SAN DIEGO —
On Tuesday, Alliant International University held a memorial for a San Diego student killed in the Iran plane crash on Jan. 8. Sara Saadat, 23, was a first-year doctoral student in clinical psychology at the Scripps Ranch campus.
Sara's family spoke at the private service along with members of the Alliant community.
"I'm not looking for justice. I'm just hoping we can be better -- that we can be kinder," said Armin Collosi, Saadat's brother. "I'm here to remind everyone that we’re connected to each other in some way and that the actions we take no matter how small have an impact across the world."
Saadat was studying clinical psychology in San Diego. She spent winter break visiting family in Iran with her mother, Shekoufeh, and 21-year-old sister, Saba, who both lived in Canada.
About 75 people attended the celebration of life.
Iranian officials admitted days after the crash that the plane was mistakenly shot down by an Iranian missile amid heightened hostilities between the United States and the Middle Eastern nation.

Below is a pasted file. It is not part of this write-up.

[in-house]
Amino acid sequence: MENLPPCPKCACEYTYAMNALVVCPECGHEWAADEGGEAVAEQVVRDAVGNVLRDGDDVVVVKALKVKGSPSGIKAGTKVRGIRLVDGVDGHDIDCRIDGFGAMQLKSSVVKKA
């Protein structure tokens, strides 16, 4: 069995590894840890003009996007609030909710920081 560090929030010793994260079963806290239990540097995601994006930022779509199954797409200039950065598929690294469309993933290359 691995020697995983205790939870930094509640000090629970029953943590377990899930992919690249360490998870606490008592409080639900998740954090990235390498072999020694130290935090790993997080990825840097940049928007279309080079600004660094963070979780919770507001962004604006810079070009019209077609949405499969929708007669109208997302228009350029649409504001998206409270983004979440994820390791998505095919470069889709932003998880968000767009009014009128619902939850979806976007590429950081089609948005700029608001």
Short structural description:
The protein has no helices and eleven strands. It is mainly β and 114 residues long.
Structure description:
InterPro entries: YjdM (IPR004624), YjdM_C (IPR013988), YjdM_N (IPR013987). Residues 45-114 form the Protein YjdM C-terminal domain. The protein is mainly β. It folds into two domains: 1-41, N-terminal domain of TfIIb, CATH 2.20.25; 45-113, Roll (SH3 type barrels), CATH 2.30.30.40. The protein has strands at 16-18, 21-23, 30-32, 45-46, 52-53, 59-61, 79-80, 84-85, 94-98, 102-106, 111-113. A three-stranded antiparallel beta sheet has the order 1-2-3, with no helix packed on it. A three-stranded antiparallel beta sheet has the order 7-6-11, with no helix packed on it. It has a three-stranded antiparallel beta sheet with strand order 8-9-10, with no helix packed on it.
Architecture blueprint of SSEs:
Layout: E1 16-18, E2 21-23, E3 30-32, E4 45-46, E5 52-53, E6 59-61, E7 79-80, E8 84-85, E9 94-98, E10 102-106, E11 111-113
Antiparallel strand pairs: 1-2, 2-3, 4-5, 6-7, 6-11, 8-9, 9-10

"Everyone has a family, even the people that make the world more difficult," Collosi said when asked about his message for world leaders.
Sara was a graduate of the University of Alberta and was part of a small program of only about 50 students at Alliant. She and her family members, residents of Edmonton, Alberta, were among 63 Canadian passengers on the Kyiv-bound aircraft, according to news reports. Most of the victims were Iranian or Iranian-Canadian.
Collosi remembered his sister as being very kind and intelligent.
"I miss arguing with her," Collosi said. "She stuck to her guns. If she believed in something, she would tell you. That’s important in today's day-in-age. She didn’t hold back."
The university offered students the opportunity to speak with grief counselors when they returned to classes last week. AIU is working to establish a scholarship in Saadat's memory through its foundation. Her family is also trying to create a similar scholarship in Iran.
Saadat's family says she wanted to use her degree to help bridge a divide between the LGBTQ community and Muslims.
"She was looking for a way - being Muslim and giving back to that community at the same time. There was a struggle there and she looked for [ways], trying to understand that and why there's a struggle there," said Collosi. "I think Sara had a chance to change the way religion thinks about certain communities. I really do. She had it in her."